DATE: Tuesday April 3, 2007
TIME: 7:30 p.m.
SPEAKER: Glen Patterson
TOPIC: [My] Roof Gardening
Glen Patterson spent his working life in the forestry industry and has long been a member of the Dendrology* Society. Collaborating with architects and engineers, he transferred his family garden to a new deck, high above Coal Harbour in downtown Vancouver. (* scientific study of trees).
It took 30 tonnes of earth, truckloads of cement, dozens of trees and shrubs, 250 metal hooks for wind-proofing, huge cranes and plenty of vision, but Glen Patterson created a high and mightily attractive garden. Three storeys high, in fact. "I never actually needed the hooks because the trees are so well pruned, the wind just flows through them," says the retired professional forester, who will share the story of his 200-square-metre Eden on top of the world with the Club at the April meeting.
Patterson, 85, came up with the idea of creating a rooftop garden after deciding a decade ago to downsize from a house to a condo. When he saw plans for a condominium and adjacent townhouse project on Vancouver's waterfront, he got in on the ground floor, so to speak, by buying a third-floor condo in the 28-storey building before it was built. He then negotiated to take over the adjacent townhouse rooftop, also under construction. After that came two years of negotiation, research and planning with engineers and architects and a Herculean effort by his Japanese gardener -- not to mention about $60,000 in materials and $40,000 in plants. The resulting garden has been the subject of magazine articles and is even featured in an American book called Green Roofs. Patterson chuckles guiltily when he recalls how the project manager for the development probably had no idea what a massive project was being envisioned. "I consulted an engineering friend and we decided to spread an extra two-inch thickness of concrete slab with three pounds per square foot of reinforcing steel inside it. I wanted a three-foot-deep pond, so we had to go down into the attic of the townhouse and that involved a tremendous amount of engineering too. Water weighs about 10 pounds per gallon and I have 1,500 gallons, so that's 7 1/2 tonnes."
Water-tight drainage was another challenge, so the roof was given a slight slope and Patterson installed five layers of rubber, gravel, filtration and insulation, with thin layers of cement between each. When the project manager expressed concerns, Patterson doubled it to 10. He also spent significant time researching soil, which is now a foot thick. "I wanted to have the best soil mix I could find, with good-quality compost and humus that plants love. But I quickly found out all big roof gardens made in the 1960s died because of the wrong soil mix. The organics quickly deteriorate on a roof garden." After talking to experts around North America and experimenting in his half-hectare home garden on the North Shore -- prior to moving into his new condo -- he finally settled on a combination of coconut fibre and black pumice for permeability. He also found a way to duplicate the rock features in his North Shore Garden, using cement to make imitation rock. "I had some expert artistic people who blew up cement through big rubber pipes into a steel mesh, then shaped it before it completely dried. "So I now have lovely rocks, including steps and three little waterfalls."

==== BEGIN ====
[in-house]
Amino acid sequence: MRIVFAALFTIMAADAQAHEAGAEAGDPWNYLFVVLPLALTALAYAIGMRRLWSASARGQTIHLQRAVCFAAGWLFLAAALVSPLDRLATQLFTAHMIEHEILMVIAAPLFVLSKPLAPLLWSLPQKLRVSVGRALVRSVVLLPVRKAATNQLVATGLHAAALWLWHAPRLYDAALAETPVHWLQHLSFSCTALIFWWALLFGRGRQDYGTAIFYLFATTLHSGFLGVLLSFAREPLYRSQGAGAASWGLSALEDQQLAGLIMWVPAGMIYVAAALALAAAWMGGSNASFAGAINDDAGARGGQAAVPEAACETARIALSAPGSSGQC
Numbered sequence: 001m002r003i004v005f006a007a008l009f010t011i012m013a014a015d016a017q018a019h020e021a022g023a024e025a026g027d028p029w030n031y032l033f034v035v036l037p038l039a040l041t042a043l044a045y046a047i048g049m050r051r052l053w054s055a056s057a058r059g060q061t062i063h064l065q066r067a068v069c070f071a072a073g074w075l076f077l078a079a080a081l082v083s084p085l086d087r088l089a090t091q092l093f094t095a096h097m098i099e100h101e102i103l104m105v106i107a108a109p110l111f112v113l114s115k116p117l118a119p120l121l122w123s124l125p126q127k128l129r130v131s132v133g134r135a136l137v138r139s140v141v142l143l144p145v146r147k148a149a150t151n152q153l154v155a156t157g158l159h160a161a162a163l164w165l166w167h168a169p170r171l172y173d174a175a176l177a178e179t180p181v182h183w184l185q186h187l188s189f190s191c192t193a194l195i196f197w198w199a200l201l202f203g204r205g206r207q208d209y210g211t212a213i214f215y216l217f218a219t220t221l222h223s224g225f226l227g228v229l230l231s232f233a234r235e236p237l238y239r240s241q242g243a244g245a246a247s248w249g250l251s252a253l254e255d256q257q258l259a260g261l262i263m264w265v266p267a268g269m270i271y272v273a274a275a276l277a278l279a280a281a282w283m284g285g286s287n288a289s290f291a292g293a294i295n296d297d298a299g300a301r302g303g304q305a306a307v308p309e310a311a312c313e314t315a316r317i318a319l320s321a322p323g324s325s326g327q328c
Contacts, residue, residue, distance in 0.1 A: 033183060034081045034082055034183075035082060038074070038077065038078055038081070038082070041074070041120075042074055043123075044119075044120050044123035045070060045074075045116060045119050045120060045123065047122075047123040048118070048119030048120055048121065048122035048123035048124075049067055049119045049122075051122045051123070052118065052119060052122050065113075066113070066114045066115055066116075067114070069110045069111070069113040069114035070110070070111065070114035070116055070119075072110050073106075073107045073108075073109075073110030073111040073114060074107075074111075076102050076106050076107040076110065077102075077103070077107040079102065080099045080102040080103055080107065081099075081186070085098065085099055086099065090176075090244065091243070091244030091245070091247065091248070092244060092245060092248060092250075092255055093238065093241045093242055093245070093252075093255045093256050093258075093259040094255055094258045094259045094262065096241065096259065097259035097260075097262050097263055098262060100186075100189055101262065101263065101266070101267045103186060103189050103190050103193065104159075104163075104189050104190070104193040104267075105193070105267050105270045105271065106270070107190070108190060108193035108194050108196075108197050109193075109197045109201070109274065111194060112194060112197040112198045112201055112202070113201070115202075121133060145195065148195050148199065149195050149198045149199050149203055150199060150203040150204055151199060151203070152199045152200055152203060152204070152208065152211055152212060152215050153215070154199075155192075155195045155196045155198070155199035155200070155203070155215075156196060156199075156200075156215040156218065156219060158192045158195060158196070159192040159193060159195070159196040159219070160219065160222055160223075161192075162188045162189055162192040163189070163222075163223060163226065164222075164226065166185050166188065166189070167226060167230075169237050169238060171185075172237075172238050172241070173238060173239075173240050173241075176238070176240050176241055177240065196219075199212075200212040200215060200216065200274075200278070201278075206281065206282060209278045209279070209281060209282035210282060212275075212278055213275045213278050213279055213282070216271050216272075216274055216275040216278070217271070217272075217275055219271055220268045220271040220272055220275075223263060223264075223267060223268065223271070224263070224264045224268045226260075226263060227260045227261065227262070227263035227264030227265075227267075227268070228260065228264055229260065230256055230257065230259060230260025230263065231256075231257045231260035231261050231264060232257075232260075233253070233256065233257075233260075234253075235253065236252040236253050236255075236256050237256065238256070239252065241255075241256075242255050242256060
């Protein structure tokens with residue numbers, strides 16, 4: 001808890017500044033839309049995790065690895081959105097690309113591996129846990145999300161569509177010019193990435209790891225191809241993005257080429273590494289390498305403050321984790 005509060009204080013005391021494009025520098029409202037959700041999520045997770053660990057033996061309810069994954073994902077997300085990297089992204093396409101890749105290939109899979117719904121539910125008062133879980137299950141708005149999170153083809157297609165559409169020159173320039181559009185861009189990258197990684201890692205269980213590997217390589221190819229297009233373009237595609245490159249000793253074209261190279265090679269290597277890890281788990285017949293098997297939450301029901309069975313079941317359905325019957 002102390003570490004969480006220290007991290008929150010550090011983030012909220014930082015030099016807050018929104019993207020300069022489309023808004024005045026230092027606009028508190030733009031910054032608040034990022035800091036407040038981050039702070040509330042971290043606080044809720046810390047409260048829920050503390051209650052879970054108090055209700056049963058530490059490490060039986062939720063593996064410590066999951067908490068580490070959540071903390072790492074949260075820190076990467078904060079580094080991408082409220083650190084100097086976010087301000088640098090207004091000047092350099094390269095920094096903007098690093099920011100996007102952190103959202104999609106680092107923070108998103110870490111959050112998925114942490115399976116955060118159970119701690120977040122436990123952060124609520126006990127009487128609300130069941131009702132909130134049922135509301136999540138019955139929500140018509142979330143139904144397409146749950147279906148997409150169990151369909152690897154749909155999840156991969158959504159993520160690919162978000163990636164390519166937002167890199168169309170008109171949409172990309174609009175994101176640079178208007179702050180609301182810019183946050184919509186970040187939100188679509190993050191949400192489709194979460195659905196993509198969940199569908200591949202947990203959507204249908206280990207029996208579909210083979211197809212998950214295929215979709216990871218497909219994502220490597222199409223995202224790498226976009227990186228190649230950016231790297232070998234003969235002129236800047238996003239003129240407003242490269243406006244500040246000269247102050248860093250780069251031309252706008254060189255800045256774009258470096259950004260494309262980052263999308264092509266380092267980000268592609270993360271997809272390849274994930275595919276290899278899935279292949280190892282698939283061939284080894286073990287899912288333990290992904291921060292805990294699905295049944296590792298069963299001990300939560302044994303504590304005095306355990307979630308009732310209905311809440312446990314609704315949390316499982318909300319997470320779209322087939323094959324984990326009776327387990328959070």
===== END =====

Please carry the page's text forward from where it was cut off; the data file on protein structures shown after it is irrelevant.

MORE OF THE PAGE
The roof is built to hold 250 tonnes and he has less than half that, including water. One of the biggest plants is a 100-year-old Japanese maple weighing about 3,000 pounds. "Two years before the move, my wonderful Japanese gardener of 30 years, Jim Nakano, chopped the roots off at a three-foot diameter and1 1/2-foot depth. He dug a foot-wide trench around it and filled it with sawdust in my old garden, and we left it like that for two years, to adjust. I wouldn't have believed it, but it was fine." After two years of planning and building the garden, Patterson finally moved his most valuable and treasured plants in five years ago, at age 80. They came over the Lions Gate Bridge on three flatbed trailers and were lifted by crane at dawn the next day. Because they're mostly shade-loving woodland plants -- rhodos, companion plants, perennials and a few succulents -- the filtered light between nearby apartment buildings is ideal.
While he doesn't own the adjoining rooftop, which is common property, Patterson notes he has exclusive occupancy that transfers with ownership, adding the $30-a- square-foot cost of building the garden is a small portion of the value of a million-dollar condo. "People who are surprised at the expense are usually driving around in a Mercedes Benz. A car depreciates, but this has increased the value of my apartment tremendously -- and is totally enjoyable, by me and the people who live above me," says Patterson, who developed a love of gardening with his late wife. "This is a sustainable garden," he says. "There's no mowing, no brush to cut, or hedges to trim. There are no raccoons, no sea otters, no deer. Watering is automatic. The only thing that has to be done is keep the trees pruned and once a year, we do a very systematic weeding." Even the metre-long fish in his koi pond have adapted to the move. "They're breeding now, so I'm giving some away to friends."
~ excerpted from an article written by Grania Litvin www.mcall.com